We Are Completely Beside Ourselves by Karen Joy Fowler

Here are my discussion questions on We Are Completely Beside Ourselves:

What traits does Rosemary seem to have picked up from Fern? What are the consequences of these traits? Rosemary figures out that she likes Harlow because she acts a lot like Fern did. Is this true? Are there any traits that aren’t shared between humans and chimpanzees?

Why did Rosemary need to talk so much as a young child? Did it have anything to do with Fern? What causes her to stop talking? Would she still have turned out like this under different circumstances? Why is it important to the story that she was such a talker and now can’t open up?

The fairy tale of the two sisters comes up multiple times. One daughter’s “words turn to jewels and flowers, the other’s to snakes and toads” (pg. 78). If Fern is the daughter who gets sent away, then that would make her the daughter whose words are snakes and toads. In this metaphor, Rosemary would be the daughter with jewels and flowers, but this doesn’t seem to fit. How could this fairy tale be a metaphor for the family? The term fairy tale is used five times in the story, on pgs. 1, 39, 56, 78, and 224; why is the idea of a fairy tale so important to the story?

Why did Rosemary remember the story of Fern being taken away with so much guilt? Why would she have repressed the parts that exonerated her?

What do memories have to do with our actions? How did Lowell’s memories betray him?

Why might Rosemary have remembered/dreamed her father as having killed the cat instead of Fern? What is Rosemary’s relationship with her father? How do you think her father saw his end of the relationship? What’s the responsibility of the father for how the family turned out? Was his being a psychologist the root of the family problems?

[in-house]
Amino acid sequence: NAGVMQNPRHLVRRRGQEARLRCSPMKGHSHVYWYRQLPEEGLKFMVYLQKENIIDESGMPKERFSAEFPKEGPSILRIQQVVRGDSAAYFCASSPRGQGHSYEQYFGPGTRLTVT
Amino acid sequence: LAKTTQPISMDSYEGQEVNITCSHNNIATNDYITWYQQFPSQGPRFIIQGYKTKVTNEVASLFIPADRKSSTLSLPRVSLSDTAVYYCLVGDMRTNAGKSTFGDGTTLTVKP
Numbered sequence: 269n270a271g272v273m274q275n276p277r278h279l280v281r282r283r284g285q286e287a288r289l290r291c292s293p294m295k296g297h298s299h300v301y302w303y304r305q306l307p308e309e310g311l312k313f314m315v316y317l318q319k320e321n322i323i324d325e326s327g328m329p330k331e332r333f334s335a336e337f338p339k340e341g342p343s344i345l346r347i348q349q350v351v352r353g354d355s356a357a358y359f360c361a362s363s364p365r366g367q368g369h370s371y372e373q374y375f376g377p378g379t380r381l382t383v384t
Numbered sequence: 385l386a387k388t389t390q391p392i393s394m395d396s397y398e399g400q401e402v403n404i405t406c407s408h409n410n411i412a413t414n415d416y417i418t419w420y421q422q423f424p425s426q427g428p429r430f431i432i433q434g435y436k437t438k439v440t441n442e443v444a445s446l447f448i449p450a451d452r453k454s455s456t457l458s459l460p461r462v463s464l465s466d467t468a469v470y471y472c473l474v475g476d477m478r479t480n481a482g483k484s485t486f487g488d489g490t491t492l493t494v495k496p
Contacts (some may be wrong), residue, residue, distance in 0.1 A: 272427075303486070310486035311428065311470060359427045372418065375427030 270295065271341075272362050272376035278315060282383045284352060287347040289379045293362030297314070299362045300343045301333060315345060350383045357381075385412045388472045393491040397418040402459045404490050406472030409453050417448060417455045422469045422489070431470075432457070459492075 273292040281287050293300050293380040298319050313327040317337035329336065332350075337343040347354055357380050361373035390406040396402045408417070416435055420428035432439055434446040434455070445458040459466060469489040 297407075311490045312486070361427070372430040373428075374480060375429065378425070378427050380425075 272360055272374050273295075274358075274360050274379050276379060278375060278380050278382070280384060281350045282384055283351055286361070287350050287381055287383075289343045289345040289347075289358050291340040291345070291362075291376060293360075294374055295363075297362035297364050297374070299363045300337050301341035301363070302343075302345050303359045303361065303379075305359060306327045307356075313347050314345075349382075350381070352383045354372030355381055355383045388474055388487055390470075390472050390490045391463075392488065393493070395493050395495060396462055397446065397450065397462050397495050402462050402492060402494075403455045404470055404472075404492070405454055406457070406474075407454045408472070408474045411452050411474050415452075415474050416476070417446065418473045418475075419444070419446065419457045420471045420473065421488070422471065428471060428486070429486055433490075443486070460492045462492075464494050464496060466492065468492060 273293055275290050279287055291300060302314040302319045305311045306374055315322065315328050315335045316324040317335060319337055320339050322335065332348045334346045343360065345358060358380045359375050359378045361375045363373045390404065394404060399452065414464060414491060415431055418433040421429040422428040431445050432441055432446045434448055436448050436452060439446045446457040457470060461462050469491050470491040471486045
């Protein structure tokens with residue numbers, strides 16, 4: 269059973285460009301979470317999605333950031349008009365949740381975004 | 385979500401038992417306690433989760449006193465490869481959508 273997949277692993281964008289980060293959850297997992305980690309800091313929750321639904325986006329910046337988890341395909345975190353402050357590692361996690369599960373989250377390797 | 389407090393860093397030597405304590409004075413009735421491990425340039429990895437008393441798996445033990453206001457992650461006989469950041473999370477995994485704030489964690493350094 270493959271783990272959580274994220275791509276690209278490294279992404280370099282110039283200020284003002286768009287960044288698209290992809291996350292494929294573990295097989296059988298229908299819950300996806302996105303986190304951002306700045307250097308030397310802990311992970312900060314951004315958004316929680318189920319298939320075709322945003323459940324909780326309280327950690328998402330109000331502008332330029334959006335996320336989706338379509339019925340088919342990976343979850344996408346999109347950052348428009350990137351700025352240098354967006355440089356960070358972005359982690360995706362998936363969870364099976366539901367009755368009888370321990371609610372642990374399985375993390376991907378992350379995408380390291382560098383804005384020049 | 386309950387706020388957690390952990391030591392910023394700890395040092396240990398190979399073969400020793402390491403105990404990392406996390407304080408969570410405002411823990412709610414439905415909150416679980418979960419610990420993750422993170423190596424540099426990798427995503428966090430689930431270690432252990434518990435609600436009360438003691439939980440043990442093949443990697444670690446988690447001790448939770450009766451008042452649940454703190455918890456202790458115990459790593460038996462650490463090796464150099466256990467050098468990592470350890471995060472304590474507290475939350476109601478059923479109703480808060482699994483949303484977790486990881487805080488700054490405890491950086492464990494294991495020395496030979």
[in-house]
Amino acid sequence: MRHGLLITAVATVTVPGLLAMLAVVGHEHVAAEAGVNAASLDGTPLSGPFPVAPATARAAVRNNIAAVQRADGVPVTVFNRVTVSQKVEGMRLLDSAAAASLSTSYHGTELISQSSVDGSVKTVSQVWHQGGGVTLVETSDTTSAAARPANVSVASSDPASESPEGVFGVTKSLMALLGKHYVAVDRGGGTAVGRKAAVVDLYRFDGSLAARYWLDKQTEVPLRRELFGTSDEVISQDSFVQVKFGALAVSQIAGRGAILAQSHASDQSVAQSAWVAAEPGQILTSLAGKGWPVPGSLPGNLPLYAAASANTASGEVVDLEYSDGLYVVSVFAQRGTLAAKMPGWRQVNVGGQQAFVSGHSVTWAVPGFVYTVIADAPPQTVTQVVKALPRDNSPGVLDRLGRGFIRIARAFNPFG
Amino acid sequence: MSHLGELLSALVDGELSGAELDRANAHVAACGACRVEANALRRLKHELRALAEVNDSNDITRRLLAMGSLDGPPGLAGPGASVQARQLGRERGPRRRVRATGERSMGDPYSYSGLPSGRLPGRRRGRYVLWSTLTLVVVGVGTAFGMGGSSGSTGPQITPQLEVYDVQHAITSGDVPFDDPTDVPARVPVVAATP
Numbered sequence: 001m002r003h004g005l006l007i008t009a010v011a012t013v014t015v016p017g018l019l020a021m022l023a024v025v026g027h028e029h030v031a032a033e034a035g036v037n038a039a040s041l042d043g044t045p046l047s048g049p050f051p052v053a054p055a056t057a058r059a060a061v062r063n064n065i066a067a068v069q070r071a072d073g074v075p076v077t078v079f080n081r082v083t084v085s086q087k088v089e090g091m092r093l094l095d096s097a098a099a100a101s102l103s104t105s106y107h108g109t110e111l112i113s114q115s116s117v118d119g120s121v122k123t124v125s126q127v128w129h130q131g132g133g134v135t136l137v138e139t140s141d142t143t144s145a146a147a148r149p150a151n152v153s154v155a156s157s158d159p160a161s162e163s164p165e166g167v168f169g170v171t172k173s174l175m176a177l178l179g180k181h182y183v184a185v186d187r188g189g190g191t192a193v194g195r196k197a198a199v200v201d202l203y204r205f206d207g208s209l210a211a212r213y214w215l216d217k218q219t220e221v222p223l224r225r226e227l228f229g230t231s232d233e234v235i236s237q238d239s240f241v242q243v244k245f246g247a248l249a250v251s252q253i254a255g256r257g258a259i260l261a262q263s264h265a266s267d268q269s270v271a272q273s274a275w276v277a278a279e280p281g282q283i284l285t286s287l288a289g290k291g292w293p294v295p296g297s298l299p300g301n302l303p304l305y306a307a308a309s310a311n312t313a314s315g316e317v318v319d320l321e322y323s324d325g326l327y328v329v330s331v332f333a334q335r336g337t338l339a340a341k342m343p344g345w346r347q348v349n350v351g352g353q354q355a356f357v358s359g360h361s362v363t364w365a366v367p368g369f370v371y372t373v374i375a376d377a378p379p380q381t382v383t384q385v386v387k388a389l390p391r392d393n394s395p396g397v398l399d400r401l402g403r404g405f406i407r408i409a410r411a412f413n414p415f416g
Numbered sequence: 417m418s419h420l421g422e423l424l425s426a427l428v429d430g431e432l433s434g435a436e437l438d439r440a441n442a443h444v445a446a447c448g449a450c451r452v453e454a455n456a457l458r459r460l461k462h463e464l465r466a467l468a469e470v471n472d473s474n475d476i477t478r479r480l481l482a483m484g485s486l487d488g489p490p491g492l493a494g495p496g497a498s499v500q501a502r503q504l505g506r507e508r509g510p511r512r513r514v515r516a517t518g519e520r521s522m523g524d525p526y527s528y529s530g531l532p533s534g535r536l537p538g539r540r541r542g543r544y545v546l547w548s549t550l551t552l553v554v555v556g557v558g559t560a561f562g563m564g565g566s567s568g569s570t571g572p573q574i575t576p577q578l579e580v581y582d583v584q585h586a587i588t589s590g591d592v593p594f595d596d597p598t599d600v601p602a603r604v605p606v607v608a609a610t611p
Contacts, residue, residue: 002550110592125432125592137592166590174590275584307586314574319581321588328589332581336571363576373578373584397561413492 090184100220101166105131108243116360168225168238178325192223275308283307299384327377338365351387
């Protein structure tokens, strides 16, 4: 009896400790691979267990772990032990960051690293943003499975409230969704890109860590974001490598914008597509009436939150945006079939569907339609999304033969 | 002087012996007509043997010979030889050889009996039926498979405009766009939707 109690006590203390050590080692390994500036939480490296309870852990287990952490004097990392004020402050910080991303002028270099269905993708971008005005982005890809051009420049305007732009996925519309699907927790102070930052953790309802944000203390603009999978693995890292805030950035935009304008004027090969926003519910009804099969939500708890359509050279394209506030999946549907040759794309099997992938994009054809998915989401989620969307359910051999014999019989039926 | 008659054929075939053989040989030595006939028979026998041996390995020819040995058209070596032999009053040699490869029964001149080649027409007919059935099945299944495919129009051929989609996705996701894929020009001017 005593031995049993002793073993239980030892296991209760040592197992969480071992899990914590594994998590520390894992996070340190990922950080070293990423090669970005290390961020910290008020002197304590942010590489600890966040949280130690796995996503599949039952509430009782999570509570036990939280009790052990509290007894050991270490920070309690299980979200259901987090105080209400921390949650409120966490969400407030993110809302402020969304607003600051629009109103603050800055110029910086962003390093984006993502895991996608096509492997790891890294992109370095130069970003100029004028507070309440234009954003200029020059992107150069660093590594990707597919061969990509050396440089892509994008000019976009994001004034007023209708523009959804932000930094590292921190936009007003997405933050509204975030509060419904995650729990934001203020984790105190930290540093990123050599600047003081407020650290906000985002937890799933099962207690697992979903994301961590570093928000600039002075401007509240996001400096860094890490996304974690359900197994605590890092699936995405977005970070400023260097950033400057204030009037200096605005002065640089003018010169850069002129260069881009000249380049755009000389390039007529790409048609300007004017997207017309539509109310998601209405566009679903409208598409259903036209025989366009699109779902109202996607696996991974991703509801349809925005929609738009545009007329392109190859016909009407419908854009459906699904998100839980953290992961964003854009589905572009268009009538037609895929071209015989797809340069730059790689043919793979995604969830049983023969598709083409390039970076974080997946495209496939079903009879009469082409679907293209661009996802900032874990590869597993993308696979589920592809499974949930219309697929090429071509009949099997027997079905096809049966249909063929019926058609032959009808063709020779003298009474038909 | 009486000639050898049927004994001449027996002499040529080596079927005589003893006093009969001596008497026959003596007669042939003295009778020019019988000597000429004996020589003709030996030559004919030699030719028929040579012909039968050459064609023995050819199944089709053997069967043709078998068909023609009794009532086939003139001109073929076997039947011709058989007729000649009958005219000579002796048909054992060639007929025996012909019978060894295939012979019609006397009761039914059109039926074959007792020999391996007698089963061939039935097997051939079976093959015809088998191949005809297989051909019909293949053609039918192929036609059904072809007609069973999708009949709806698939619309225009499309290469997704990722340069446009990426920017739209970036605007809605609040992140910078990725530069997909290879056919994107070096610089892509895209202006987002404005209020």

What’s in Rosemary’s views of friendship makes it so hard for her to see her actual friendships?

Umwelt refers to “the specific way each particular organism experiences the world” (pg. 99). What does this mean? How does the novel explore this idea? What traits affect the umwelt the most?  Is character more of a factor than experience? Is memory more of a factor than current situation?

Rosemary still uses those big words she learned as a child in her narration. The tone and use of personality in the narrator makes the story feel like it’s being told to us. Do you feel like Rosemary is writing this story down or telling it to someone? Why might she feel the need to explain her experiences?

Chapters are introduced by a selection from Kafka’s “A Report for an Academy.” Rosemary is told by her professors that the story is a “metaphor for being Jewish and you’ll see how it might work that way, but it’s not the most obvious reading” (pg. 128). Given Rosemary’s life, what metaphor for the ape narrator might she see in that story, and how might she apply that to her own life?

There seems to be a lot of importance placed on finding metaphors and similarities in literature to Rosemary’s own life. Why does she turn to these places? Does she gain any knowledge from stories that help her with her own life?

Theory of mind is presented on page 186. Rosemary explains that children younger than four don’t have this capability. Fern is taken away from the family when she is five. Does that affect Rosemary’s memories of Fern and what happened? What does the state of false belief (found in the same section) have to do with theory of mind. Does Rosemary seem to have any problems with false belief? What does this statement about chimpanzees do for Rosemary’s guilt?

The title is referred to on page 98. The phrase is a happy one, connoting overflowing happiness and excitement. But very little in Rosemary’s current life seems to come close to this feeling. Why is this phrase the title? How does it relate to Rosemary or any part of her life?


One thought on “We Are Completely Beside Ourselves by Karen Joy Fowler

  1. Pingback: Review of We Are Completely Beside Ourselves – wendy reads books

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